Spirituality, Religiosity, and Madness

Spirituality has been defined as the experience of an inner sense of something greater than oneself, or as sensing a meaning to existence that transcends one's immediate circumstances.

Despite being a confirmed atheist, I am not immune to such experiences. Obviously I am cognitively aware that the world of nature is greater than myself. To believe otherwise would make me a megalomaniac! Besides, how could a part be greater than the whole?

However, the wonderful, euphoric feeling that nature is greater than I comes upon me less often. Sensing a transcendent meaning has come to me only in dreams or under the influence of certain psychoactive chemicals – both being altered states of consciousness. Shamans know all about this phenomenon when they use mood altering drugs to induce spiritual hallucinations during religious ceremonies. Even those who have never taken a hallucinogen have probably experienced dreams that convey a strong sense of having uncovered a deeper meaning to life – only to have the answer to the mystery dissipate rapidly upon awakening!

We have numerous different understandings of religion. Religion deals with the same subject matter as spirituality, yet it is not equivalent. On this blog, religion is taken to mean the system of dogmatic teachings that have arisen out of an assumption that the supernatural actually exists. That is, religious systems are built upon superstitious beliefs in magical powers.

Religious rites, like any rites, can induce a sense of peace or invoke passion. This emotional evocation speaks more of our communal attachment to symbols than it does to any valid existence of the supernatural. To understand what I mean, think of your reaction to hearing your national anthem played when one of your countrymen has won Olympic gold.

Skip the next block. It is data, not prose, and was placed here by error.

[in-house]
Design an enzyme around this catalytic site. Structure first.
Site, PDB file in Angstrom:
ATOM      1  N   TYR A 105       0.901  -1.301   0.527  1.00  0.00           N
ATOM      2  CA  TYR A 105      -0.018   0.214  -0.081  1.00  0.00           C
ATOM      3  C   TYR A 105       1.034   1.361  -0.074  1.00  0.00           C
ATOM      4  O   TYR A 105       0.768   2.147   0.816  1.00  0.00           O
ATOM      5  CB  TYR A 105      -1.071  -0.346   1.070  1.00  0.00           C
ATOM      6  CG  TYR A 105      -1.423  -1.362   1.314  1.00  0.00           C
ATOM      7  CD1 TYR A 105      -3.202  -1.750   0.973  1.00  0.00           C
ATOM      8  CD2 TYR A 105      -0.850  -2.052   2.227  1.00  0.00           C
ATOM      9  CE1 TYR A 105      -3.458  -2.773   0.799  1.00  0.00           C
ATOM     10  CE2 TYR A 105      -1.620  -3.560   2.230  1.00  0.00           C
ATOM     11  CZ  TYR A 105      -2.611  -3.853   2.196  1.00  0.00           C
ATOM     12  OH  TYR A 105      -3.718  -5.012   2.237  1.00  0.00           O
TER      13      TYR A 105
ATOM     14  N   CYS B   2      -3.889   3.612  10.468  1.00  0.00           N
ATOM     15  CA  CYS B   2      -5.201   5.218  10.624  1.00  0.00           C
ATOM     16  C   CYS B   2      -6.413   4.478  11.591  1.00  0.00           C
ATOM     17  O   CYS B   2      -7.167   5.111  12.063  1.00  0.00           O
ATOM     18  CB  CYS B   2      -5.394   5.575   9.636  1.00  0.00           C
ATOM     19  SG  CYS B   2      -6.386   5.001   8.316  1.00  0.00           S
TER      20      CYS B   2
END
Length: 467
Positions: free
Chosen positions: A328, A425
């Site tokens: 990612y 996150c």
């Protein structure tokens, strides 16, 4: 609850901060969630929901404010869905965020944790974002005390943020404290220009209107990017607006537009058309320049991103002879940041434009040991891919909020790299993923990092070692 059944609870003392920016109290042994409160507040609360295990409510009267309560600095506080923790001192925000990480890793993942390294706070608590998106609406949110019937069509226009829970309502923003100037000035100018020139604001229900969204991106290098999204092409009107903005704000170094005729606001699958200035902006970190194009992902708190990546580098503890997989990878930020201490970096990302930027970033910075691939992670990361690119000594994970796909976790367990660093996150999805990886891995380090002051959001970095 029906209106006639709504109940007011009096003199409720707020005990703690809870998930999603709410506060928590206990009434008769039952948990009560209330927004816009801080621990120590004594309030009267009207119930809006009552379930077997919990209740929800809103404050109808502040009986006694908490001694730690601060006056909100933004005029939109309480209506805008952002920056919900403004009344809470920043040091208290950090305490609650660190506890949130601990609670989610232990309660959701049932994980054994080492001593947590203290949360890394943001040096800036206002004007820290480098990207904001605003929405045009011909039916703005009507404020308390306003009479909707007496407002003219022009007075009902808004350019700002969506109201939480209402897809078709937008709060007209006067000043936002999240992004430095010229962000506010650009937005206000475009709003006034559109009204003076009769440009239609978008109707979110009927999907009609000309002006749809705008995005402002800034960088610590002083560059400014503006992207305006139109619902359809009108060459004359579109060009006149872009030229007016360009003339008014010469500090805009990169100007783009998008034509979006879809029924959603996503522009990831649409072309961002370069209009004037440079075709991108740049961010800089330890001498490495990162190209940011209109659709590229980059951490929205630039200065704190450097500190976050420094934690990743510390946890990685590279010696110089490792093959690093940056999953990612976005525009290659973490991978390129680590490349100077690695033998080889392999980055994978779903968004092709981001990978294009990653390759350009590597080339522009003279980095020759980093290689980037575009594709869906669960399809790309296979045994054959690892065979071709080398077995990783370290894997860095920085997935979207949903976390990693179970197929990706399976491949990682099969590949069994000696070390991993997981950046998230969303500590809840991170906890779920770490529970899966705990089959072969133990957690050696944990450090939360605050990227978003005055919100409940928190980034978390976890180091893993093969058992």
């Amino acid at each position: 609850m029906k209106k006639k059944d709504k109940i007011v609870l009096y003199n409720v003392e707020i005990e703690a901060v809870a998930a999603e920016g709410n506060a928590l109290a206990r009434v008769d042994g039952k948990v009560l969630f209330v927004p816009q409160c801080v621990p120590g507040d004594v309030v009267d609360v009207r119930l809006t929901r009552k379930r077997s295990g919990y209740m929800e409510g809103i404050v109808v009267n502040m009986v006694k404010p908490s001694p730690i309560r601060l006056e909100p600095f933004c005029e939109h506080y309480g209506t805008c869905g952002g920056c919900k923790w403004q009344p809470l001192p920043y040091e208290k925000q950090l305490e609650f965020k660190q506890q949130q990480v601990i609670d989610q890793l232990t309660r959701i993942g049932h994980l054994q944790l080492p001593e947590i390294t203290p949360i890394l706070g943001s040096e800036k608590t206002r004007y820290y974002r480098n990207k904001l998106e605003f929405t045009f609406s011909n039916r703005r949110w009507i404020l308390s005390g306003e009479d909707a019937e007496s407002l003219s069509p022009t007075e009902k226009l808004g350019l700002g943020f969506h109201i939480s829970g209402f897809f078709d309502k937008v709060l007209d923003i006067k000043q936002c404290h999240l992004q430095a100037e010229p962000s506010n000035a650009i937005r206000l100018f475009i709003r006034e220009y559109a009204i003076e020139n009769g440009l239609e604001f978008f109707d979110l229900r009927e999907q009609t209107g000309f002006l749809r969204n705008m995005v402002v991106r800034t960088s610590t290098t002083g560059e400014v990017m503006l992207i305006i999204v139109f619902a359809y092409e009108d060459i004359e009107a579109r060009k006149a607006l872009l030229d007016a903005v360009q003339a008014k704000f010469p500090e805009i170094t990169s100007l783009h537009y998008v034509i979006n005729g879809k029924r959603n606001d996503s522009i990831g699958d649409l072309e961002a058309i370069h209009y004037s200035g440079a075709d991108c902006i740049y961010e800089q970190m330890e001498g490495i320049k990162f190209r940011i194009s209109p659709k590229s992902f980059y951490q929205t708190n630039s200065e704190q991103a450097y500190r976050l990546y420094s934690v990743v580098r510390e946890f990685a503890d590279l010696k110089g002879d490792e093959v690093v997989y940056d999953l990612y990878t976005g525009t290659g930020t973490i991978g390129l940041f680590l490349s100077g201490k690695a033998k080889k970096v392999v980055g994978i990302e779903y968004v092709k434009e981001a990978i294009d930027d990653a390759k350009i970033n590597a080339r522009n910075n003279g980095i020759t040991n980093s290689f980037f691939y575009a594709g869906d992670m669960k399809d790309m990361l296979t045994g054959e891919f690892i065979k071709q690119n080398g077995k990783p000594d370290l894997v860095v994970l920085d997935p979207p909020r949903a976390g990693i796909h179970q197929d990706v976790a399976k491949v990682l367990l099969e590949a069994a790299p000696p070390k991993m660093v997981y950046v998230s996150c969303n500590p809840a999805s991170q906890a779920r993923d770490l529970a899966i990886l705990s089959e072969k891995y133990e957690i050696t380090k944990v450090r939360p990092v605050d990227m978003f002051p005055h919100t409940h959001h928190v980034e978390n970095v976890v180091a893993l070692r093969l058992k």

Reliogiosity is not equivalent to spirituality, though both can coexist in one individual. Atheists can have spiritual experience and religious individuals can lack spiritual experiences.

The psychology of religiosity is intriguing, as are the psychopathologies, such as schizophrenia that appear to be related to religiosity. Why do some individuals seems so prone to spiritual and/or religious convictions?

V.S. Ramachandran and his team studied the increased religiosity of sufferers of temporal lobe epilepsy (TLE). The results of the study showed a greater arousal in the temporal lobe epilepsy sufferers in response to religious words as compared to the non-religious. The non-religious were more aroused by sexual words, while religious control groups were aroused by religious and sexual words [w]. The medial temporal lobe sits very close to the amygdala, which is our primitive 'emotional' nucleus that mediates emotional reactions and modulates emotional memories. Ramachandran conducted the study because he had observed a strong correlation between TLE and obsessive religious convictions.

Of course, this is not to say that all who hold strong religious convictions are suffering temporal lobe epilepsy or taking hallucinogens. Ramachandran's research merely points to a possible mechanism for the observation that a higher percentage of those with TLE than of the population at large are hyper-religious. It is to say that humans both seek to comprehend patterns and are emotional beings. In the absence of knowledge to explain phenomena in the natural world, it is scarcely surprising that our various ancestors invented mythologies.

That humans have continued to cling to religious beliefs despite vast advances in understanding of natural phenomena merely underlines the emotionality that humans invest in magic-thinking. At least we have stopped blood sacrifices to make the sun continue to shine and no longer believe that horse-drawn chariots drag the sun across the sky!


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